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History’s wheels worth a pretty penny

Penny-farthing bicycle meet at Einbunpin Lagoon Park, Sandgate. Photo: Robert Shakespeare Penny-farthing enthusiasts show how it’s done. Photo: Robert Shakespeare

Believe it or not, you can ride a penny farthing bicycle to work.

And Aaron Wray, president of Queensland’s Penny Farthing and Historical Cycle Club and winner of the club’s annual championship on Saturday, is one proud owner who rides his penny farthing to work.

“I ride mine in to work on occasions,” Aaron said.

“From Chermside into the city,” he said with a laugh.

“It is one of those things on the road that everybody loves.”

On Saturday, one of Queensland’s quirkiest days – Queensland’s Penny Farthing Championship at Sandgate – was held with plenty of dash, drama and colour.

Taking out the championship, Mr Wray said “it wasn’t rigged, I promise”. Close friends Mitchel Hale and Sally Dillon took second and third placings.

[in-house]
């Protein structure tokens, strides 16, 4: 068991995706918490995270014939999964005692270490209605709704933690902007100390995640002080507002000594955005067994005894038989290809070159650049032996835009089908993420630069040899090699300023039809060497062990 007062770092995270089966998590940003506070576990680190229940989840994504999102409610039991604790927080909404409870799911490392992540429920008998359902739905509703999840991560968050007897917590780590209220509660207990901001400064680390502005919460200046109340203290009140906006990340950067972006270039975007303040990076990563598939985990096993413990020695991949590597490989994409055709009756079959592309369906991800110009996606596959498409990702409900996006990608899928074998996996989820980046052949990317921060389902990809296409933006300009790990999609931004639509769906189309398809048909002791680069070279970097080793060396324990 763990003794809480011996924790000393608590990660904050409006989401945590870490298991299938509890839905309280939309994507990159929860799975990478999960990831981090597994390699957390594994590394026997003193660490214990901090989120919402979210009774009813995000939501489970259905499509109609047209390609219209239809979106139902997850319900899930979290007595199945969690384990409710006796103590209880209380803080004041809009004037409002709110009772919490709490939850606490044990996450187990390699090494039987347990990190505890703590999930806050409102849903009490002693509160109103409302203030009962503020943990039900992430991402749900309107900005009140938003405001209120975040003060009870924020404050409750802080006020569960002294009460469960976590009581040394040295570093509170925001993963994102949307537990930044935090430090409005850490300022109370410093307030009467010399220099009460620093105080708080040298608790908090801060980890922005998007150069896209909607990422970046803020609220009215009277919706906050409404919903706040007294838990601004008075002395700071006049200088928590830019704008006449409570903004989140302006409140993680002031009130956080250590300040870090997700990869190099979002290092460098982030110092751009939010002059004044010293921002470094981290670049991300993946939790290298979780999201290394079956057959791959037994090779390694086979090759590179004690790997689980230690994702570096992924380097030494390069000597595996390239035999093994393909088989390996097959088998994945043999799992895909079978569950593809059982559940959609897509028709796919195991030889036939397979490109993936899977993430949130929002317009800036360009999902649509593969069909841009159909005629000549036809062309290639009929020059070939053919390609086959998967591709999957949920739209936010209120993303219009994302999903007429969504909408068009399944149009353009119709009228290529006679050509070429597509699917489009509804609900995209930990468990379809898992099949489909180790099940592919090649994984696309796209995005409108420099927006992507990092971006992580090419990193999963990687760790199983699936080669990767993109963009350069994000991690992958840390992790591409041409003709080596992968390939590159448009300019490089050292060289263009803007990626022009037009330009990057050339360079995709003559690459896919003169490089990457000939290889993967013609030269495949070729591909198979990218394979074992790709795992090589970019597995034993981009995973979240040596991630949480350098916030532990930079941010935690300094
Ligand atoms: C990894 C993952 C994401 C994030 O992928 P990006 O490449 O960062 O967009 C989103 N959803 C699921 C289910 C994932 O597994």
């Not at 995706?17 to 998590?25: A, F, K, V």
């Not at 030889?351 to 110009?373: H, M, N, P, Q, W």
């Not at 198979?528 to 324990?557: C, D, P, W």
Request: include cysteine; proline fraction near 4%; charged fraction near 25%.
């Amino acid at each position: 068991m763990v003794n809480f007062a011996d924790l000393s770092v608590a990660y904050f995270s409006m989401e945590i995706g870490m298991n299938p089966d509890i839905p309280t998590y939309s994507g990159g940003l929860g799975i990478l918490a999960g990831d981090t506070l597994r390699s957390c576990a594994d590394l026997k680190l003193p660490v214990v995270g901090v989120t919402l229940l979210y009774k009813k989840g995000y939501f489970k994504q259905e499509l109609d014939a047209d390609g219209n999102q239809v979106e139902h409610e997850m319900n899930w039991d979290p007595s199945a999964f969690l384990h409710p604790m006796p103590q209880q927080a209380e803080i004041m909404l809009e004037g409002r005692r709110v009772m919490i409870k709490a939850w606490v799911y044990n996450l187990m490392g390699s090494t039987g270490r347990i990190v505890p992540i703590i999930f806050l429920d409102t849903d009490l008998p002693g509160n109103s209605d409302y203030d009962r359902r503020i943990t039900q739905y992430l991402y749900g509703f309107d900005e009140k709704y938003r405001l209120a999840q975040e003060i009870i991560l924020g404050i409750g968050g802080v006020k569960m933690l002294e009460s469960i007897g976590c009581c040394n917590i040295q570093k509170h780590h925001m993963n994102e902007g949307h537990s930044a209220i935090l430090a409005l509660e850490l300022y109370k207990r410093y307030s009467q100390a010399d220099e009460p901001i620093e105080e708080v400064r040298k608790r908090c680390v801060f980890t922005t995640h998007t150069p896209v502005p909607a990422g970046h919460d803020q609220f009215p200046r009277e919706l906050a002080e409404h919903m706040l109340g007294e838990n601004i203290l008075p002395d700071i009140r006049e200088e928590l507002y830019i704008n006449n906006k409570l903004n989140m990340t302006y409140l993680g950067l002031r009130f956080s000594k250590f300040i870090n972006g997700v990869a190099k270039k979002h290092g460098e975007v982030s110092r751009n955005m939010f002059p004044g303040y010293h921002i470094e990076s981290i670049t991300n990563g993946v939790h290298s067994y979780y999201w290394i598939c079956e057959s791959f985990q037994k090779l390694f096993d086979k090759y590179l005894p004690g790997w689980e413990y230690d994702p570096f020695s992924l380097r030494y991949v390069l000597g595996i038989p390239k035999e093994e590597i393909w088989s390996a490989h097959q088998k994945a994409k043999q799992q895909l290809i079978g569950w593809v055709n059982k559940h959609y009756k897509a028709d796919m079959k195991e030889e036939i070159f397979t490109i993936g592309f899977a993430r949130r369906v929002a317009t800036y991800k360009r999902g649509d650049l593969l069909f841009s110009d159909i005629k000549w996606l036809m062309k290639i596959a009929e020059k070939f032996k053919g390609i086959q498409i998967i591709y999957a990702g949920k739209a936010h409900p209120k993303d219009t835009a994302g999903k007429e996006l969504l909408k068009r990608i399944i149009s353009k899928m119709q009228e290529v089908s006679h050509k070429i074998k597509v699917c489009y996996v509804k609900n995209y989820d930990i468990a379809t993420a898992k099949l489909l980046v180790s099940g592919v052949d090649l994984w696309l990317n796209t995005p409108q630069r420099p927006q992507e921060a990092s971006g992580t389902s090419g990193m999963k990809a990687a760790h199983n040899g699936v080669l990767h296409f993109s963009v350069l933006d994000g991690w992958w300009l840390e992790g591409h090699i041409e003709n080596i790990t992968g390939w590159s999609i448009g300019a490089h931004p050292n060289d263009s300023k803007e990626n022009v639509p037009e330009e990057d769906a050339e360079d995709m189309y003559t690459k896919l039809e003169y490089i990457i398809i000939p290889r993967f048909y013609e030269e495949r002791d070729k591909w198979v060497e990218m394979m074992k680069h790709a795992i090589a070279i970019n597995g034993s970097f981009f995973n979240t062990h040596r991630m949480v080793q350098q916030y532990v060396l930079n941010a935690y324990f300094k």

The three make their own penny farthings from light steel which they shape and mould.

Aaron says his penny farthing is more than two and half metres tall.

“So I have to duck under low bridges and trees are a real problem,” he said.

“But they really are the most unique thing on the road.”

Penny farthings date back to the Victorian era of the late 1800s.

The historic bike was named after two radically different sized coins, pennies and farthings. It is renowned for its oversized front wheel and significantly smaller rear wheel.

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